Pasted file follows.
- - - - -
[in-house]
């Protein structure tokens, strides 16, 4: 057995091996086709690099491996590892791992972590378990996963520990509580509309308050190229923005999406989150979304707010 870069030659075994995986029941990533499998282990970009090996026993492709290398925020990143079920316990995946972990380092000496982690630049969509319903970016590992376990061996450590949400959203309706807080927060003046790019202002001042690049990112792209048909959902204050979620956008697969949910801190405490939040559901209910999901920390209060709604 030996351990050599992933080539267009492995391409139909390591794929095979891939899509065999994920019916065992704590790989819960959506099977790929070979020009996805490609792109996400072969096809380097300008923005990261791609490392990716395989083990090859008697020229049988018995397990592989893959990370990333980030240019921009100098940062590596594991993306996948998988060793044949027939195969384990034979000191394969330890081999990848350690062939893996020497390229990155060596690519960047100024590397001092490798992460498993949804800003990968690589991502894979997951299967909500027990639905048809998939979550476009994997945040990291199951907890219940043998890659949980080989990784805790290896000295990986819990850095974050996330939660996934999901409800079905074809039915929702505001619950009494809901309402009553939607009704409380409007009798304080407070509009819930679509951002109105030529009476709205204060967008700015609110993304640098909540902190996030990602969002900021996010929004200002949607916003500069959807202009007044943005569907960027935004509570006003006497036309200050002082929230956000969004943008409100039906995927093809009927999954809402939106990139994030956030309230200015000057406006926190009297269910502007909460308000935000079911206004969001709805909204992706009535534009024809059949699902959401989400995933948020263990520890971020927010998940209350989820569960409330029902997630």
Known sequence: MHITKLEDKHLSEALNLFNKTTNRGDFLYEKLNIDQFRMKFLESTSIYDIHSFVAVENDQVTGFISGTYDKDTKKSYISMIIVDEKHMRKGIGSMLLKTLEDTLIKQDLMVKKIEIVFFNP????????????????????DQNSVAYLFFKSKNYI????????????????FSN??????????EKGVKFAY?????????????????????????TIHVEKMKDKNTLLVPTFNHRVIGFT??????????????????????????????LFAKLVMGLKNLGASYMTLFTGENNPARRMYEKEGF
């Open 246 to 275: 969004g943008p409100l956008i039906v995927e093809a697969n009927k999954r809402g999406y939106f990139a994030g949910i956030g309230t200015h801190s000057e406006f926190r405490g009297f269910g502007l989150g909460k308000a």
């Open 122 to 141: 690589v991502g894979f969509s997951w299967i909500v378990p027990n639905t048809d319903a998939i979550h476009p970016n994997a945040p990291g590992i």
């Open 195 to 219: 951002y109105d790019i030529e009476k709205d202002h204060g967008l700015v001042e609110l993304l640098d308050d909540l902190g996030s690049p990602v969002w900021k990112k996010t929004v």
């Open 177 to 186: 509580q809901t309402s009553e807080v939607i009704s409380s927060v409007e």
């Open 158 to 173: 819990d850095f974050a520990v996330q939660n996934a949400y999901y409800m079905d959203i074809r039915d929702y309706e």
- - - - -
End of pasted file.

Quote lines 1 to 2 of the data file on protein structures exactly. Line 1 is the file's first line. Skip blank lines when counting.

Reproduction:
[in-house]
């Protein structure tokens, strides 16, 4: 057995091996086709690099491996590892791992972590378990996963520990509580509309308050190229923005999406989150979304707010 870069030659075994995986029941990533499998282990970009090996026993492709290398925020990143079920316990995946972990380092000496982690630049969509319903970016590992376990061996450590949400959203309706807080927060003046790019202002001042690049990112792209048909959902204050979620956008697969949910801190405490939040559901209910999901920390209060709604 030996351990050599992933080539267009492995391409139909390591794929095979891939899509065999994920019916065992704590790989819960959506099977790929070979020009996805490609792109996400072969096809380097300008923005990261791609490392990716395989083990090859008697020229049988018995397990592989893959990370990333980030240019921009100098940062590596594991993306996948998988060793044949027939195969384990034979000191394969330890081999990848350690062939893996020497390229990155060596690519960047100024590397001092490798992460498993949804800003990968690589991502894979997951299967909500027990639905048809998939979550476009994997945040990291199951907890219940043998890659949980080989990784805790290896000295990986819990850095974050996330939660996934999901409800079905074809039915929702505001619950009494809901309402009553939607009704409380409007009798304080407070509009819930679509951002109105030529009476709205204060967008700015609110993304640098909540902190996030990602969002900021996010929004200002949607916003500069959807202009007044943005569907960027935004509570006003006497036309200050002082929230956000969004943008409100039906995927093809009927999954809402939106990139994030956030309230200015000057406006926190009297269910502007909460308000935000079911206004969001709805909204992706009535534009024809059949699902959401989400995933948020263990520890971020927010998940209350989820569960409330029902997630």